There are tens of thousands of journals in medicine, healthcare, and education, but for over a year, Christopher Kevin Wong and Jean Fitzpatrick Timmerberg, professors of rehabilitation and regenerative medicine at Columbia University Vagelos College of Physicians and Surgeons, have started talking about the need for a new one in their field.
The two founded and recently launched the Journal of Clinical Education in Physical Therapy (JCEPT), and they spoke to the CUIMC press room about what motivated them to launch the newspaper and how they got it started.
Assess the need
According to Timmerberg and Wong, the first and most important consideration is whether there is sufficient demand for a new journal.
In their field, physiotherapy education, there was only one publication. “With more research in the field, there is a long waiting list to publish in this journal, which limits the ability for faculty and students to publish scholarly work and share it with clinicians,” explains Timmerberg.
The limited ability to publish is especially detrimental to young researchers, Wong adds: “In order to develop future faculty, there must be a way to publish academic work and share exemplary case studies. “
Timmerberg and Wong also believed there was a need to share academic work with a wider audience. “Making our journal open access extends readership to the majority of faculty, students, and clinicians who do not belong to the branch of the professional association that publishes the other journal,” Wong said.
Get a reality check
Even if your audience is clamoring for a new journal, are such projects realistic? How does a novice editor identify all the elements that need to be considered to get the project started?
To find out, Timmerberg and Wong first met with Melissa Mendelson, program director at CUIMC’s health sciences library. “She explained that we might consider hosting the journal in Columbia’s library system, instead of a large publishing house,” says Wong. He and Timmerberg presented their concept to the Columbia Libraries Digital Scholarship Department on the Morningside Campus, which supports digital publishing projects at Columbia.
“We thought they would just give us some basic ideas on how to get started, but once they agreed to publish our journal they helped us refine our mission and provided support on a number of issues. ‘elements,’ says Timmerberg.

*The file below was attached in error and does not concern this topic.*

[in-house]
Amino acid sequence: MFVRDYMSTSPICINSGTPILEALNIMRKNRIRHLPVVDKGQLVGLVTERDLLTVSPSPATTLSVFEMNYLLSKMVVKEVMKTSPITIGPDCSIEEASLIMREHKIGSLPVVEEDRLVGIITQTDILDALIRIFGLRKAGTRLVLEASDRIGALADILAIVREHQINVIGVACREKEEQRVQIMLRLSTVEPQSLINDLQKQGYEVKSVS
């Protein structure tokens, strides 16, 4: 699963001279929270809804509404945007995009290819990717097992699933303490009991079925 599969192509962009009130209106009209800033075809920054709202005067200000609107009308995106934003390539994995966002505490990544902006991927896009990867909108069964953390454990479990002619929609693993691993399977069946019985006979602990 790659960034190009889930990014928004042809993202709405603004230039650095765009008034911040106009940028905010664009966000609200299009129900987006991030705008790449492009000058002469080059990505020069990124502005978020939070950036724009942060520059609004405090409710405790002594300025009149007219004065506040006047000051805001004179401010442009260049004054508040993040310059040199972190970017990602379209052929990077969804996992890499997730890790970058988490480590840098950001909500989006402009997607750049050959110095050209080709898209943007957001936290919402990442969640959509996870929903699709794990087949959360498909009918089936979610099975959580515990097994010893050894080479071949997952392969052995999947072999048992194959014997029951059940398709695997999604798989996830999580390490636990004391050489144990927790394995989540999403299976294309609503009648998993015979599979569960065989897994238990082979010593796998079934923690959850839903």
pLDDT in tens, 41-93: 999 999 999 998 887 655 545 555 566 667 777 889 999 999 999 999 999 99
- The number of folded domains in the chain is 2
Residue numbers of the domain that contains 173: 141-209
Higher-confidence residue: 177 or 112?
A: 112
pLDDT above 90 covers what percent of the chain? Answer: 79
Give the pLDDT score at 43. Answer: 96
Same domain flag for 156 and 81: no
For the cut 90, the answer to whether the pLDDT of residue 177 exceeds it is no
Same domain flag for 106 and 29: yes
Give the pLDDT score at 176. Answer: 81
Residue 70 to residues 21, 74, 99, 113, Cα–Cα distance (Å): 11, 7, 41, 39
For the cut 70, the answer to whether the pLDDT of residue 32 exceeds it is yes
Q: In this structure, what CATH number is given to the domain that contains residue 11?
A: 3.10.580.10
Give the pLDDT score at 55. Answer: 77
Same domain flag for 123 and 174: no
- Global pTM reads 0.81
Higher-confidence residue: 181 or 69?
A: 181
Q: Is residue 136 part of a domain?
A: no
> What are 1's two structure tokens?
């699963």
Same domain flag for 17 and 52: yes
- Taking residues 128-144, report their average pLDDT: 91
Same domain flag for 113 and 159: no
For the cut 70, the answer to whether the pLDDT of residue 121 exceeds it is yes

The library team helped Wong and Timmerberg design a newspaper logo, set up email and Twitter accounts, create a mailing list, and provide a repository for storing legal and copyright documents. . Michelle Wilson, Digital Publishing Librarian and Project Manager for JCEPT and Mehr Ali, an intern at Columbia’s Graduate School of Arts and Sciences, were assigned to the project to help Timmerberg and Wong run everything smoothly.
Columbia Libraries’ online journal software system publishes articles and also helps Wong and Timmerberg manage the journal by tracking article submissions, peer reviews, and communication with authors.
“By creating a peer-reviewed open access journal, we knew we had to make sure our audience didn’t see it as just another predatory journal,” Wong explains. “One way to gain confidence is to recruit an irreproachable editorial board. “
The scholarly communications team recommended starting with six editorial board members, which Timmerberg and Wong supplemented with 10 associate editors, all with three-year terms. The most of JMembers of the CEPT editorial team have significant publishing experience and are geographically and professionally diverse, with multiple academic roles and clinical specialties represented.
At the suggestion of a member of the editorial board, the journal is also piloting an open peer review process. For authors who register, reviewer comments will not be anonymous. “We hope to raise the bar when it comes to communication between authors and reviewers, so that everyone in the process learns something,” says Timmerberg.
Pay the bills
Because the Columbia Library does not cover all aspects of digital publishing, such as editing, proofreading, and composing, the journal charges a small fee to cover these costs after acceptance of an article.
“The item processing fee is a reality, although we will allow residents and fellows to request a waiver,” Wong said.
Wong and Timmerberg also applied for a grant from the Virginia Apgar Academy of Medical Educators at VP&S to cover part of the start-up costs and study effectiveness in reaching their target audience. “With these funds, we will be hosting webinars to encourage people to submit high quality articles and to subsidize some of the article processing fees for Columbia University family members.”
Budget per year and then some
Development of the journal began a little over a year ago. “We’ve had weekly meetings since the start, but each meeting comes with action items, which take longer,” says Wong.
“Setting up the newspaper alone could have been a full-time job,” he adds. “But now that it has been launched, we really don’t know how long it will take to manage it on a daily, weekly or monthly basis.”
Time will tell us.